Years later I was special needs coordinator in a middle school, and made it my business to identify as early as possible all those children who were struggling with maths. We set up a special maths group for the older children, and we began every lesson by explaining exactly why what they were learning was important, and what the key vocabulary meant. We did lots of fun activities; like teaching measurement by eating a metre of chocolate, walking a mile and running 100 metres. The children were able to go at their own pace, so they gradually learned to relax about the world of numbers, and lessons started to make sense. We set relevant homework, with realistic and achievable targets, and talked to the parents about what we were trying to achieve and how they could help. For some of the children their maths difficulties were part of wider additional learning needs, while others had suspected or confirmed dyslexia. However, there were also some who were doing well in other areas of learning, but had specific maths problems. We tried to unstick them all a bit, so they would have the confidence to try and try and try, ‘till they succeeded at last.

This brings me, in a roundabout way, to Bob Marley. I was one of the 20,000 people who went to see him at the Crystal Palace Bowl in June 1980. It was a memorable day. There was a lake full of filthy water in front of the stage, which the organisers reckoned would deter anyone from getting near the performers: negating the need for security. The first bit of excitement was the end of the set by The Q Tips, when the trumpeter threw his trumpet into the lake (their lead singer was one Paul Young, who later became a massive star). This provoked the first swim of the day, as a misguided soul tried to search for it.

Things later went badly wrong for Joe Jackson. He always fancied himself as an ‘artist’, even though his biggest hit was titled *Is she really going out with him*? There was a lot of trouble with the sound during his set, and Joe was getting annoyed. To relieve the tedium, about 30 people started to swim through the filthy water towards the stage. Several made it onto the plinth and started hurling duckweed and abuse at Joe Jackson. Joe completely lost his rag when what looked like a dead duck landed dangerously close to his keyboard. Hell hath no fury greater than an ‘artist’ scorned. Joe started swearing at the audience, who started cheering. Now that’s entertainment.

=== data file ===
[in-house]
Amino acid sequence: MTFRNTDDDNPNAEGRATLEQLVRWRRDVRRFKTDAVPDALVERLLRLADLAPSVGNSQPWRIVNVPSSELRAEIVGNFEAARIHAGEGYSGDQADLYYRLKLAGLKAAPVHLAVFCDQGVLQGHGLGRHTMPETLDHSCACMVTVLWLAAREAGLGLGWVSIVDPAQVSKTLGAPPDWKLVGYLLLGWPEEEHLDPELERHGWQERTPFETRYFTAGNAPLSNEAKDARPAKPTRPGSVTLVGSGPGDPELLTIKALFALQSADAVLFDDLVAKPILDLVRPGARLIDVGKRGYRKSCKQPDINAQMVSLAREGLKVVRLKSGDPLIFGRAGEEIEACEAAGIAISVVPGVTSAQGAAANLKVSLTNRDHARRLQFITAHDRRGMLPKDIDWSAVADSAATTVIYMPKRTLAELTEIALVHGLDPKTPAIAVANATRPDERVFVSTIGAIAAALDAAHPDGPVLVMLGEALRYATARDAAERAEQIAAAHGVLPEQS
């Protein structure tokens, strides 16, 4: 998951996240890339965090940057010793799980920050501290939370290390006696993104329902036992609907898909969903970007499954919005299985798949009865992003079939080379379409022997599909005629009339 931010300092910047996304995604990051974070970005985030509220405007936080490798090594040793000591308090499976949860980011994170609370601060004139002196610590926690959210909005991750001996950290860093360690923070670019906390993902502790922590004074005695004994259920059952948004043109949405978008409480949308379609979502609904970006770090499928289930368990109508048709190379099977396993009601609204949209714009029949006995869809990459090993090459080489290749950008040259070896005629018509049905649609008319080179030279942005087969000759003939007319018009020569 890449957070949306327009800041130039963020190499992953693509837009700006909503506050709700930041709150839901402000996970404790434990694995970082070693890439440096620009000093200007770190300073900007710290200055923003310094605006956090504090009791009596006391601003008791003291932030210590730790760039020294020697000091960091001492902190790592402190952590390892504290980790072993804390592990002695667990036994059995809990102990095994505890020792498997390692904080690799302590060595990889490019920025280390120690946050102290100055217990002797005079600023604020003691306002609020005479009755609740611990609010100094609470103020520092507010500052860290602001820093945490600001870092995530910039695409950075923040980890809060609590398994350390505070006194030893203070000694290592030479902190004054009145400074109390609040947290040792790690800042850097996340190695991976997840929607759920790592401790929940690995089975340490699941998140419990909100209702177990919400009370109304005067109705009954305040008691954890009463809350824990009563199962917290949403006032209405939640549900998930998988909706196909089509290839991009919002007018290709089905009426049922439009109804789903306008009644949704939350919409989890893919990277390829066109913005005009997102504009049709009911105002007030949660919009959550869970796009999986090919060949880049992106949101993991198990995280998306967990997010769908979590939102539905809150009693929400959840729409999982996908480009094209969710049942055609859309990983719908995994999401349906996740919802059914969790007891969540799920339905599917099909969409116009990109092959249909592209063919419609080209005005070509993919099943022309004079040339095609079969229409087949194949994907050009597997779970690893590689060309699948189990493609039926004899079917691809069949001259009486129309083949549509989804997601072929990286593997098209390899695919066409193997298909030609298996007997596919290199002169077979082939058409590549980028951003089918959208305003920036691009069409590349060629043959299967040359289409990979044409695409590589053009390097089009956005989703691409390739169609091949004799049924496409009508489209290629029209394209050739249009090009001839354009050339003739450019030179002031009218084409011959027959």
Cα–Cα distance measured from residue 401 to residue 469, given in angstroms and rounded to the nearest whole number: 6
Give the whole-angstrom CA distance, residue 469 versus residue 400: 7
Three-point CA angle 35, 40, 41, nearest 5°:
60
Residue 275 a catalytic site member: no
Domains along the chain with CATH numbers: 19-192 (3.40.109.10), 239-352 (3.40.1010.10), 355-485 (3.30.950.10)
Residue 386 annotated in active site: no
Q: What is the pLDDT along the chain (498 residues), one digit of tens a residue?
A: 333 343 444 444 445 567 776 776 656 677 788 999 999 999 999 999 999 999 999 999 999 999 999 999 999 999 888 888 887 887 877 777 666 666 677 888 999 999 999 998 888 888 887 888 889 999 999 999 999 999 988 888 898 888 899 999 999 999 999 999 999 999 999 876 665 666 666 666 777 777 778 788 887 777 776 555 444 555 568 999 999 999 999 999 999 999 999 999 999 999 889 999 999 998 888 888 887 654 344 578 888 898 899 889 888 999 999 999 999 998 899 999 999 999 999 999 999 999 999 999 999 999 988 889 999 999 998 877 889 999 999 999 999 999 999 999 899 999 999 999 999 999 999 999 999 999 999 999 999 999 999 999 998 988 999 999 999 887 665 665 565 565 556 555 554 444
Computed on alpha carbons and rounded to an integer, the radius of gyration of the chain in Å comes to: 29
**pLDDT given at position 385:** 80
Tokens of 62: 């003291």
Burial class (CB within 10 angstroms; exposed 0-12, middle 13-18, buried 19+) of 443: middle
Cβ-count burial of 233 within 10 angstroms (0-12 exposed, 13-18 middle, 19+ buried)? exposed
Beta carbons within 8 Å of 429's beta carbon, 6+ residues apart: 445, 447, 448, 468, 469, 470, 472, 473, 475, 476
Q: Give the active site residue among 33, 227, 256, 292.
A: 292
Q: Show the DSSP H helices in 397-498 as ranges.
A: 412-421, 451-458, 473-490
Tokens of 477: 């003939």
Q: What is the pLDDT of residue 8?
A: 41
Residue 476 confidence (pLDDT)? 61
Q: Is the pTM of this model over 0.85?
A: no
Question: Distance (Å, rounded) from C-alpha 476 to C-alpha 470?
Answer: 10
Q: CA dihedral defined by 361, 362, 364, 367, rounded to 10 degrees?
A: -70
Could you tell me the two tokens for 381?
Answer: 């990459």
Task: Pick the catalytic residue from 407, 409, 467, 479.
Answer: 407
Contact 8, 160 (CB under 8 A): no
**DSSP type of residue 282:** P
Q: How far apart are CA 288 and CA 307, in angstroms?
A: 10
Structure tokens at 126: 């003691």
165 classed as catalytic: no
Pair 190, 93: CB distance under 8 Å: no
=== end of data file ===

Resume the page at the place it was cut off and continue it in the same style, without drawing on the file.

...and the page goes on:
After that we were all geared up for some real music. Eventually it was announced that The Wailers’ three female vocalists, The I Threes, would do a short set. Now, I knew the names of all of the members of the Wailers (I still do). But to my shame I could only remember two of the I Threes: Rita Marley and Judy Mowatt. There were 2000 Rastafarians living in London in 1980 and most of them were at Crystal place on that day. I asked one of them to help me with my I Three problem. “Yah Man, give thanks and praise because I and I do believe that it is Marcia Griffiths.” Marcia Griffiths? The lady who had helped me through all my trials and tribulations with maths at school? Was she really breathing the same air as me? (Actually it had been difficult to breathe for some time as there was, for some unfathomable reason, a lot of smoke hanging over Crystal Palace.) For a few minutes I relived all the pain and humiliation of being made to feel useless, but then forgot about it and enjoyed a few hours of great music.

As you can see from the colour photo at the top of the post, a lot of people braved the poisoned waters to be near the great man and his great band. If you look closely you can see me. I’m the one wearing the hand-knitted tanktop.*

In the next post we will explore supporting children who are ‘young, gifted and stuck’ with literacy.

*Only joking.

https://www.youtube.com/watch?v=j4xoxFrRA2Q

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Great article, really redolent of those lessons in days gone by. And maybe not so rare today. I would love to know what resources you find the most useful for maths learning in middle school, especially maths verbal problems (looking at the way the curriculum is to be shaped now, even more so). I work particularly with language impaired children so this is going to be a huge hurdle. Hilary

Thank you Hilary. We found that the best resources were the ones we made ourselves. I used to adapt the lessons that were being offered children of the same age, by making the language simpler and making my own practical examples that I knew the children would understand.

I used to think of maths as a foreign language for the children, and drew inspiration from some really good textbooks that taught early KS3French: stories about teenagers and their families and daily lives.

As long as the children are progressing in maths, then the ‘curriculum’ you are offering them is the right one.

I hope that helps

Michael

PS I don’t think that teachers can behave towards children now in the way that we were treated… Dyscalculia does exist!!

I think you must have gone to the same school as me, as I was taught maths and physics in exactly he same way.

Tim

Hi Tim